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any people face the challenge of balancing work and family. Workloads may be hefty on both fronts, and the pursuit of a healthy balance between home and career may seem like an unattainable goal. Stress can build from feelings of being pulled in too many directions. According to Mental Health America, stress can compromise a person’s ability to concentrate, lead to feelings of irritability or depression, negatively affect personal relationships, and weaken immune systems, increasing a person’s susceptibility to a variety of ailments. Research even indicates chronic stress may double a person’s risk of having a heart attack. The desire to have a fulfilling career and a full life at home is a goal shared by millions of people across the globe. But it’s important that one’s pursuit of such goals not come at the expense of personal health. Living a fulfilling life often involves finding the right work-life balance, and the following tips can help make that possible. • Establish your priorities. Make a list of the things that are most important to you. Having this list put on paper can make goals more attainable. Think about the main things you want to focus on in life and go from there. • Learn to manage your time. One of the keys to creating a work-life balance is to hone your time management skills. Effective time management can help you fit more in without feeling rushed or anxious. Start by determining just how much time you need to perform certain tasks. Then divide up the day accordingly. You may find that by waking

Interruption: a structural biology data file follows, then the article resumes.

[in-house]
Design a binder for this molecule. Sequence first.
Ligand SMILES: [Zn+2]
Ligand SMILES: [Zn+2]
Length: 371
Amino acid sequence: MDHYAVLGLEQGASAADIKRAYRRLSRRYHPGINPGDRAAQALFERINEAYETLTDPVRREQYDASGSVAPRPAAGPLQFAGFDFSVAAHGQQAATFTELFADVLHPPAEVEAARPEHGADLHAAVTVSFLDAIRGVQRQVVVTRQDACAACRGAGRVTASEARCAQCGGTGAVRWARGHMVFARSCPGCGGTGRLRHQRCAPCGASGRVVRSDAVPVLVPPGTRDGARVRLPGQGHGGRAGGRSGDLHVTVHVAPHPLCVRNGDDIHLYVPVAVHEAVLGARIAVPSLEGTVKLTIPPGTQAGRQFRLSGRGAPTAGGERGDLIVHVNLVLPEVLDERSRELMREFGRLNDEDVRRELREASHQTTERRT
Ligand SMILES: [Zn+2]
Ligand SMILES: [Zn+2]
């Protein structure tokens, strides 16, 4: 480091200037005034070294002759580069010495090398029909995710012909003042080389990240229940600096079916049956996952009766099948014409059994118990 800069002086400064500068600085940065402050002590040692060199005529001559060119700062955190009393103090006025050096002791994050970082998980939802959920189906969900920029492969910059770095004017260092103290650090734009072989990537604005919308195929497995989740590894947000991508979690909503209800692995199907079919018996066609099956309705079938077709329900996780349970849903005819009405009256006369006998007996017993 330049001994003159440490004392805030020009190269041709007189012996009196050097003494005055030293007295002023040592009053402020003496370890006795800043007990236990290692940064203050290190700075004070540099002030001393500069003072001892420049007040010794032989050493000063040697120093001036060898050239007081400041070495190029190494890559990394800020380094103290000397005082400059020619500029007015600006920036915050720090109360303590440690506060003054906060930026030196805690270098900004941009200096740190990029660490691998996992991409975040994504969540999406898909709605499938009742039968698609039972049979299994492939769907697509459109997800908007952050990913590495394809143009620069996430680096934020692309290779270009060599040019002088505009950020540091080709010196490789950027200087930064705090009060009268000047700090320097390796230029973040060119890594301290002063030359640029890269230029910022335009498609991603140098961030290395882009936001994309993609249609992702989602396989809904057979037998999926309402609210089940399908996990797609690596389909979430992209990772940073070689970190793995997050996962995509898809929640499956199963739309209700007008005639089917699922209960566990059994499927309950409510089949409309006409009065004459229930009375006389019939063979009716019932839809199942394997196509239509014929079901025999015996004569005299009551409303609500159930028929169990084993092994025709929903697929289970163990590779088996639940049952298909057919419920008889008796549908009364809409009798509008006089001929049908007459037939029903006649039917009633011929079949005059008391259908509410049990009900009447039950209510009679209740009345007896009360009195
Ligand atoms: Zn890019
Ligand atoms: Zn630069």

up an hour earlier each day, you achieve a lot more without affecting your well-being. Quiet time at home in the morning can be a prime time to fit in a workout or catch up on paperwork. • Don’t procrastinate. Stick to your schedule so you don’t feel stressed and as if you are constantly rushing around. Complete one item before you move on to the next. • Communicate effectively with your bosses. Be honest with your bosses or colleagues if you feel like work is negatively impacting your home life. Supervisors may be flexible and receptive to feedback if it means keeping good employees happy and productive. Bosses may allow you to work from home or be willing to arrange a flex schedule. • Unplug at home. When spending time at home with your loved ones, disconnect from your devices, especially those that connect you to work. Making yourself too available for work can be a detriment to your health and family. • Divide your responsibilities. Allow family members to tackle some chores or other household duties so it will free up more time to spend together. • Schedule a mental break each day. Give yourself time to perform one activity per day that you really enjoy. This will help you recharge and manage stress even further. Activities may include sports, hobbies or exercise. Finding the right balance between work and family requires some maneuvering and practice, but it can be achieved with planning, organization and communication.